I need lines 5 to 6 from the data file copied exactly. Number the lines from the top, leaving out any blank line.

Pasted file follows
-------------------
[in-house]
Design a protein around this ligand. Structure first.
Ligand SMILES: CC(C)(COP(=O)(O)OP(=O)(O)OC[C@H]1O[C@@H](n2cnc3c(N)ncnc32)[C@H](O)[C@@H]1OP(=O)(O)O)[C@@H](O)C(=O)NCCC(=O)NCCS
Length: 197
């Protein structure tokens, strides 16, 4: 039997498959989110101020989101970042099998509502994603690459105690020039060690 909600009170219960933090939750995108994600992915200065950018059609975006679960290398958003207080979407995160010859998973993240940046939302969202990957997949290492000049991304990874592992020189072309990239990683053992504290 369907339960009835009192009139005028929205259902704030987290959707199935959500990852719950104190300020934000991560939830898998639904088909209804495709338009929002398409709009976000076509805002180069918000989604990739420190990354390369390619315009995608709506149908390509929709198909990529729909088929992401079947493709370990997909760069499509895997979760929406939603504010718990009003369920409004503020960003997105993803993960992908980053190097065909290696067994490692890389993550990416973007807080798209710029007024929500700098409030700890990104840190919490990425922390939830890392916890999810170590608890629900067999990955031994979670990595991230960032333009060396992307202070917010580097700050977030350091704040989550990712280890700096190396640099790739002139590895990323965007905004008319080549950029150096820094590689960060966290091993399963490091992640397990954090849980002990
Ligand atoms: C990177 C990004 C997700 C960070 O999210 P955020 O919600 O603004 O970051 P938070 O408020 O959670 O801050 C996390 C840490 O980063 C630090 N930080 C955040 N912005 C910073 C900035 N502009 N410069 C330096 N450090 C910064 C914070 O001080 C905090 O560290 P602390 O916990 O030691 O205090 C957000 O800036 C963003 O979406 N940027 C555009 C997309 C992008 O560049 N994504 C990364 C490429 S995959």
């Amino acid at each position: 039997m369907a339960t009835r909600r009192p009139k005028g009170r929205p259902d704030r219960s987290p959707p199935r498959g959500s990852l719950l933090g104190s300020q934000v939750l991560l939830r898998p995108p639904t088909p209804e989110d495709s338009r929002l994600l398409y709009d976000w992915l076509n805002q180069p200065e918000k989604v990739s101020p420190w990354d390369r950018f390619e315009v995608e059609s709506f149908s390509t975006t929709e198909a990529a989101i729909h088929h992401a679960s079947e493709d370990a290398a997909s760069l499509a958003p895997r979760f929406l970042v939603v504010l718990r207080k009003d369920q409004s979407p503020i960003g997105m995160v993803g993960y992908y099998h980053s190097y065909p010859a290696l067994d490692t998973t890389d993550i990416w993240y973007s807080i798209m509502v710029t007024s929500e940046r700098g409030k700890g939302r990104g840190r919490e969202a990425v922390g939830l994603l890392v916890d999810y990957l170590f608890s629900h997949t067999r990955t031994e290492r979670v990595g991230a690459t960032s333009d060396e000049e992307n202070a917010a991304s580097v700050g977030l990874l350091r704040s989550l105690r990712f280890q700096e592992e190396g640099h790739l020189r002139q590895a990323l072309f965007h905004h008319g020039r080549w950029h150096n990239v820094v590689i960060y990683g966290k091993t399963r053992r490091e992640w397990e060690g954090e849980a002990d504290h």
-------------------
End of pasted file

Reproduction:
């Protein structure tokens, strides 16, 4: 039997498959989110101020989101970042099998509502994603690459105690020039060690 909600009170219960933090939750995108994600992915200065950018059609975006679960290398958003207080979407995160010859998973993240940046939302969202990957997949290492000049991304990874592992020189072309990239990683053992504290 369907339960009835009192009139005028929205259902704030987290959707199935959500990852719950104190300020934000991560939830898998639904088909209804495709338009929002398409709009976000076509805002180069918000989604990739420190990354390369390619315009995608709506149908390509929709198909990529729909088929992401079947493709370990997909760069499509895997979760929406939603504010718990009003369920409004503020960003997105993803993960992908980053190097065909290696067994490692890389993550990416973007807080798209710029007024929500700098409030700890990104840190919490990425922390939830890392916890999810170590608890629900067999990955031994979670990595991230960032333009060396992307202070917010580097700050977030350091704040989550990712280890700096190396640099790739002139590895990323965007905004008319080549950029150096820094590689960060966290091993399963490091992640397990954090849980002990
Ligand atoms: C990177 C990004 C997700 C960070 O999210 P955020 O919600 O603004 O970051 P938070 O408020 O959670 O801050 C996390 C840490 O980063 C630090 N930080 C955040 N912005 C910073 C900035 N502009 N410069 C330096 N450090 C910064 C914070 O001080 C905090 O560290 P602390 O916990 O030691 O205090 C957000 O800036 C963003 O979406 N940027 C555009 C997309 C992008 O560049 N994504 C990364 C490429 S995959």